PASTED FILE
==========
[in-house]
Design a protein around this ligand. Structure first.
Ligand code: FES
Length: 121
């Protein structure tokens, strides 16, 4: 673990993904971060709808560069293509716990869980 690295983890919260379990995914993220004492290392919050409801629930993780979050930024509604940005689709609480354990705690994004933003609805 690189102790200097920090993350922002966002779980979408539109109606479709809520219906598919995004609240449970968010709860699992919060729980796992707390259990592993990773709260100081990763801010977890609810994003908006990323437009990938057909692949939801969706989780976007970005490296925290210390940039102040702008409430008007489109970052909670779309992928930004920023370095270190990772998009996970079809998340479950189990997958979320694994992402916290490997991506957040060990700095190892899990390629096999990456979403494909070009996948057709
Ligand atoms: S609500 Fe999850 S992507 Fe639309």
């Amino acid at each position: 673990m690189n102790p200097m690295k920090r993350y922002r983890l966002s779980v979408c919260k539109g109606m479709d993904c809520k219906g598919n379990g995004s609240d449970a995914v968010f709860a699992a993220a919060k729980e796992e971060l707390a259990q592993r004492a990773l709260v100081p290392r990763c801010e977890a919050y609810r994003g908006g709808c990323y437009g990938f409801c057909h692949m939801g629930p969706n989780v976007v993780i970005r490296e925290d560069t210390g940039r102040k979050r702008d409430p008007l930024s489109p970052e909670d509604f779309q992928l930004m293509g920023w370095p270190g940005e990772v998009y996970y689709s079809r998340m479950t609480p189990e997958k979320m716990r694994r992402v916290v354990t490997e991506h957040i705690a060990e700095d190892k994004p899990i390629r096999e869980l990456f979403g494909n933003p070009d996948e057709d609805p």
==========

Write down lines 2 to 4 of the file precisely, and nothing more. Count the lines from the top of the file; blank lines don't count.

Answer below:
Design a protein around this ligand. Structure first.
Ligand code: FES
Length: 121